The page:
Water is one of the Earth’s most precious resources, and is involved in many biogeochemical processes. Human activities often lead to problems with water quality. Concentrations of dissolved substances in freshwater varies over time and space, and depends on surrounding anthropogenic factors. Water quality significantly impacts not only ecosystem health (plants, animals, microorganisms, and other species) but also humans who depend on freshwater resources for recreation, tourism, and our very basic needs of waste management and drinking water.
This multi-part module that will be completed over 2 75-min class periods aims to help you understand the variability of concentrations of dissolved substances in stream water and identify some reasons for this variability. You will learn how to find publicly available water quality data. You will explore and evaluate water quality concerns with real-time data from regulatory entities, and learn about water quality ecosystem and human health implications.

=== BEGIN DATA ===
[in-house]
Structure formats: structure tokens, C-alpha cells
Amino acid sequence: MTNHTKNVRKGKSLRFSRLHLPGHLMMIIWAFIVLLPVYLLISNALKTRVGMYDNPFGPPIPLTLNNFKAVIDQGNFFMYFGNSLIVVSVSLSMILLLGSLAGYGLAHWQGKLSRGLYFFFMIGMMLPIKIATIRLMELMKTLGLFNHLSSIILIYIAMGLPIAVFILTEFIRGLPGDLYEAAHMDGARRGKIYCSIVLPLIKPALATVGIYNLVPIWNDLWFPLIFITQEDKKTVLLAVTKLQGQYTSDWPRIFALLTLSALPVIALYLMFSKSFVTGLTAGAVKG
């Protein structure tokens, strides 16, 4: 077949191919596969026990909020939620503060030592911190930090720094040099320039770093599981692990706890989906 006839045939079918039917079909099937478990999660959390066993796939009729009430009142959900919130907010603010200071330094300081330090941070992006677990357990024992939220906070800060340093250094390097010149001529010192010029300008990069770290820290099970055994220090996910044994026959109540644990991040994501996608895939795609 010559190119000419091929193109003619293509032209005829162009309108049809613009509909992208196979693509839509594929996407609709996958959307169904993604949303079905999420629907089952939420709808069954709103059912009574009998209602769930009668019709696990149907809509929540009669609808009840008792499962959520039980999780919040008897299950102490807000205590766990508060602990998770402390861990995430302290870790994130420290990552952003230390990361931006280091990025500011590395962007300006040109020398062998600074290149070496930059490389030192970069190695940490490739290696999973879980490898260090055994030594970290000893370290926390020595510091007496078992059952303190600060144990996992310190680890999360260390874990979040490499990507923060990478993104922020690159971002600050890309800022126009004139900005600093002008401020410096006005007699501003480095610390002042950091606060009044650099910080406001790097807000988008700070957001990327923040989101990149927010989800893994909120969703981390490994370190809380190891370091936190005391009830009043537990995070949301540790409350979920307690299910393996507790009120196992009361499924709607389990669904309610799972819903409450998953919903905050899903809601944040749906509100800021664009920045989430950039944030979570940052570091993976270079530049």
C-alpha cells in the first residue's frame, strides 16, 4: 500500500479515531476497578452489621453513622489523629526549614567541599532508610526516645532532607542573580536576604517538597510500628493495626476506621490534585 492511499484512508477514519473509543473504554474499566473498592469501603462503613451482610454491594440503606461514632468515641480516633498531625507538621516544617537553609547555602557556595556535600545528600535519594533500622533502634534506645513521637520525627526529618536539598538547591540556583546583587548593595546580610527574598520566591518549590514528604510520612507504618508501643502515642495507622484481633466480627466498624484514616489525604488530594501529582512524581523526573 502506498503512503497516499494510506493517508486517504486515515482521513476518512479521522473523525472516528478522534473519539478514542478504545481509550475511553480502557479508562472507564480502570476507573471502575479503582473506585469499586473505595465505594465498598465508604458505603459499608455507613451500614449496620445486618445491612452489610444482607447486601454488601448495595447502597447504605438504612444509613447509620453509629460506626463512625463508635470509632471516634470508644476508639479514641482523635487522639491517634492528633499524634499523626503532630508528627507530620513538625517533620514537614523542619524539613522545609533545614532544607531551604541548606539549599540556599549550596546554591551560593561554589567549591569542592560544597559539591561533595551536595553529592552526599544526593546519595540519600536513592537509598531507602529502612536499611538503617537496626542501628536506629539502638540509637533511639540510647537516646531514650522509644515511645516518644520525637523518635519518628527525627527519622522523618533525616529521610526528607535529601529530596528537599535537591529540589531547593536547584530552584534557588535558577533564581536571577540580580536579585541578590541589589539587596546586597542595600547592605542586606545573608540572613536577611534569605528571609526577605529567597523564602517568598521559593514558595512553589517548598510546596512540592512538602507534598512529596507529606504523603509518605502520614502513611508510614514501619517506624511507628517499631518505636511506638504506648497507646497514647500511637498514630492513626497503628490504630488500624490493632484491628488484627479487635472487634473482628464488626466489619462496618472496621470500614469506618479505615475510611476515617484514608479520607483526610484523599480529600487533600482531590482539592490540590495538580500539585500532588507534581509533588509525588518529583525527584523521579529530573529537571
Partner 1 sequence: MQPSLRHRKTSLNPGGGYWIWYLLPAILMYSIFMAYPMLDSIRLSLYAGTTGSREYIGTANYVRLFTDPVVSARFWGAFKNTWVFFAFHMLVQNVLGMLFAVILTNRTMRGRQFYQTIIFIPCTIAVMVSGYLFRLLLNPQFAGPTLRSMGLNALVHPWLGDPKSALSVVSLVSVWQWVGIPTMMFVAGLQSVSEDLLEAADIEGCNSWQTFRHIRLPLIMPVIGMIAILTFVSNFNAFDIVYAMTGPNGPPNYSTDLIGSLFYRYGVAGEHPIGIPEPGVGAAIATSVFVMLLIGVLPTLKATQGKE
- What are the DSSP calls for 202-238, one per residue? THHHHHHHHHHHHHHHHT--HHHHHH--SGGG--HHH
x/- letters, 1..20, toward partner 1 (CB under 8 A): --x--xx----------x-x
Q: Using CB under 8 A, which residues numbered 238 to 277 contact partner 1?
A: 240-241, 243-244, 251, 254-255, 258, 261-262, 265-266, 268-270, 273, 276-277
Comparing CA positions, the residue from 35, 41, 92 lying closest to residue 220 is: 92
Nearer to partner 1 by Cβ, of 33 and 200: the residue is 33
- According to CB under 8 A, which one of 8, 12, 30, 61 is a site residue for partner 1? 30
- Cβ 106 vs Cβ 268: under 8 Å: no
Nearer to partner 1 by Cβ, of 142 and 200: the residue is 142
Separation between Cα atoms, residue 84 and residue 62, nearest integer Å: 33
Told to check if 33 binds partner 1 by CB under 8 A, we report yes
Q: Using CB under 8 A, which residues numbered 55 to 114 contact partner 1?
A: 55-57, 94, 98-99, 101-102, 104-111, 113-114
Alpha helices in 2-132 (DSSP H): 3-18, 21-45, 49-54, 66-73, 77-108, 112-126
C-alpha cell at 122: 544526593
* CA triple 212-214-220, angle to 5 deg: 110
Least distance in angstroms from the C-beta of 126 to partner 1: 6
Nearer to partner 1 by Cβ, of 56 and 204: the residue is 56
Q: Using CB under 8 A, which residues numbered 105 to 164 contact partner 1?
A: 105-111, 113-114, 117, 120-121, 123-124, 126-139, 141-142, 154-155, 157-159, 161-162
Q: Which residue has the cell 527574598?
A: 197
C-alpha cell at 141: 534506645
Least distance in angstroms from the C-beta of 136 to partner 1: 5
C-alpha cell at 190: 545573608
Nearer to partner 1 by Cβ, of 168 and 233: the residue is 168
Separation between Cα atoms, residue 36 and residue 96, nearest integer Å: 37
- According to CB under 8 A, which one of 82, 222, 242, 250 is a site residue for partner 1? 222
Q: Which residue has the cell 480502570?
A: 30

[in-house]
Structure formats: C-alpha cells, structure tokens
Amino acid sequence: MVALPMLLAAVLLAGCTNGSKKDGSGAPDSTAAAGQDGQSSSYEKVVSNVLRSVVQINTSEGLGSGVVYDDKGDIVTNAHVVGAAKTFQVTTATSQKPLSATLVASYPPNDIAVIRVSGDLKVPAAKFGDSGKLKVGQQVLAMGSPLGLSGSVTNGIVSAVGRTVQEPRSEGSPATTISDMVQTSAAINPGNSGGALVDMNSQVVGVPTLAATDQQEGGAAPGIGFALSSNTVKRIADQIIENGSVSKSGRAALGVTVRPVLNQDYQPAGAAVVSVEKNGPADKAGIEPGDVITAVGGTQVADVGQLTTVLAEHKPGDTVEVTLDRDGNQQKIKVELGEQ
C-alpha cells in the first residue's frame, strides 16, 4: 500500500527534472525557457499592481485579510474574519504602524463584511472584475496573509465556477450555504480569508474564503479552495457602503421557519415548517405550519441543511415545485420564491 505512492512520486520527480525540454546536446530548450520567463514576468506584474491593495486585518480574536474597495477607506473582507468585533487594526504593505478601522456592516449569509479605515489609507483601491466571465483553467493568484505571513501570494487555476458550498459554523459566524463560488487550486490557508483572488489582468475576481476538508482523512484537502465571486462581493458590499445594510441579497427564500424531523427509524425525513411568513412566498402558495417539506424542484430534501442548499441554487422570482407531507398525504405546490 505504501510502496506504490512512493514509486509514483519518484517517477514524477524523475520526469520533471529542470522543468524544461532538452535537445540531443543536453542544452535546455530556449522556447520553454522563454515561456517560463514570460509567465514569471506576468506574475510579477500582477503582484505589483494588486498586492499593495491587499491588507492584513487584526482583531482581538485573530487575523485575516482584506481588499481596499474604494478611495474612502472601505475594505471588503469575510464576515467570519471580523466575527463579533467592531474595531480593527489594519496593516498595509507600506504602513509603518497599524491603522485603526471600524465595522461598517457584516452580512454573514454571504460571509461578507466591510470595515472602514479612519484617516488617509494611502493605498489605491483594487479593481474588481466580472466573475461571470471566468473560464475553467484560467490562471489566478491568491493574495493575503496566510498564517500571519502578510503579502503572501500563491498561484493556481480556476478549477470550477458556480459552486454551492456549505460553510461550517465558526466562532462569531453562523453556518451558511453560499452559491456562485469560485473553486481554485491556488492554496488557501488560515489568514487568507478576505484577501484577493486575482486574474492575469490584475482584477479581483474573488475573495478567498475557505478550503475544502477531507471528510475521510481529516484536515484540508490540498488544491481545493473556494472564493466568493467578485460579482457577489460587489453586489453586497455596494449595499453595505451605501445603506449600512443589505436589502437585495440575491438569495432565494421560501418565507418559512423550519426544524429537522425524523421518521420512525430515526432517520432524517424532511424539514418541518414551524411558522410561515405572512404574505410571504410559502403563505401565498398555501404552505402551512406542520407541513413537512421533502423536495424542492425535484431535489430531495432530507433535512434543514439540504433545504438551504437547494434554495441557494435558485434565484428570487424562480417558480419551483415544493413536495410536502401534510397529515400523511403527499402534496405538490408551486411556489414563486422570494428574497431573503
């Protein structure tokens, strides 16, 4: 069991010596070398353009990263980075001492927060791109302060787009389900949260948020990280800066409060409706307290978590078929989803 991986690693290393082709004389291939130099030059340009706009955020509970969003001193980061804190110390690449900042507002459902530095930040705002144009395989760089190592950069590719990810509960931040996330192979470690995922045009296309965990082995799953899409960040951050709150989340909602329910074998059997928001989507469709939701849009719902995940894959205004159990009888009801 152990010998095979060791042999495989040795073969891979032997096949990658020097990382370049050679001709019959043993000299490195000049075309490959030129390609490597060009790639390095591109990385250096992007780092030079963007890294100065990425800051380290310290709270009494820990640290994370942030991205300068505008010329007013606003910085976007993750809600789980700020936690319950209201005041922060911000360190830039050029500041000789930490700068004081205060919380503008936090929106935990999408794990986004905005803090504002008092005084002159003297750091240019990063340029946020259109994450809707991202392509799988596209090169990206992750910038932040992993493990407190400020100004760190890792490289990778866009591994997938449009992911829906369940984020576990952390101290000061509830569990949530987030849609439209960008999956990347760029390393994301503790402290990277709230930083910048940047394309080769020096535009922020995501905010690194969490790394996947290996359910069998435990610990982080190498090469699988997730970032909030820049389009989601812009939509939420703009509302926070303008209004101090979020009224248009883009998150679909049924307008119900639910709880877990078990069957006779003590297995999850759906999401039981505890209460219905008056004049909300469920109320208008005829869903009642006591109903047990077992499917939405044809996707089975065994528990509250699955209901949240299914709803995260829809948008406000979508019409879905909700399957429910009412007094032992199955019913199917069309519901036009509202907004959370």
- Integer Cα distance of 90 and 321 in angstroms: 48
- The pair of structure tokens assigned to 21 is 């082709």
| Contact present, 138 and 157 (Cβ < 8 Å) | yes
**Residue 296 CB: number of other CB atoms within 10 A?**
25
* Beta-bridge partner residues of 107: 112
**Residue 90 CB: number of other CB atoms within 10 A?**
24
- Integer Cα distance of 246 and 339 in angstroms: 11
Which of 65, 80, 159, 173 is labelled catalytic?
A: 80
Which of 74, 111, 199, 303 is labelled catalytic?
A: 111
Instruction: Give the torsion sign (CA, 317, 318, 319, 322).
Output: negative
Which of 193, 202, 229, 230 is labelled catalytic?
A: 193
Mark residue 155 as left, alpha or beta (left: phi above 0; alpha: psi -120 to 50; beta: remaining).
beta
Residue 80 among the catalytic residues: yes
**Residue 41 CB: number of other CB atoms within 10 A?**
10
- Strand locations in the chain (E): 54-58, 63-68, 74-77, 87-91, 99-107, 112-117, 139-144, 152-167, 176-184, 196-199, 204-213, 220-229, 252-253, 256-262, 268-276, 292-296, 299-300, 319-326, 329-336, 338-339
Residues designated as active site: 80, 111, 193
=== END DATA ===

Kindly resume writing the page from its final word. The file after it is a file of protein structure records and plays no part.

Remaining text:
- Understand the variability of concentrations of dissolved substances in stream water and identify some reasons for this variability.
- Find regulatory guidelines for nitrate concentrations in surface water, find real-time nitrate concentration data, and recognize when observed concentrations exceed guidelines
- Evaluate natural and anthropogenic factors that cause the concentrations of nitrate to change over time
- Define the meaning of “statistical probability,” and use this term as a regulatory tool to evaluate a potential drinking water resource
- Evaluate nitrate trends in urban vs. rural environments and formulate a statement relating water quality and land use.
Project EDDIE (Environmental Data-Driven Inquiry & Exploration) is a community effort aimed at developing teaching resources and instructors that address quantitative reasoning and scientific concepts using open inquiry of publicly available data. Project EDDIE modules are designed with an A-B-C structure to make them flexible and adaptable to a range of student levels and course structures.
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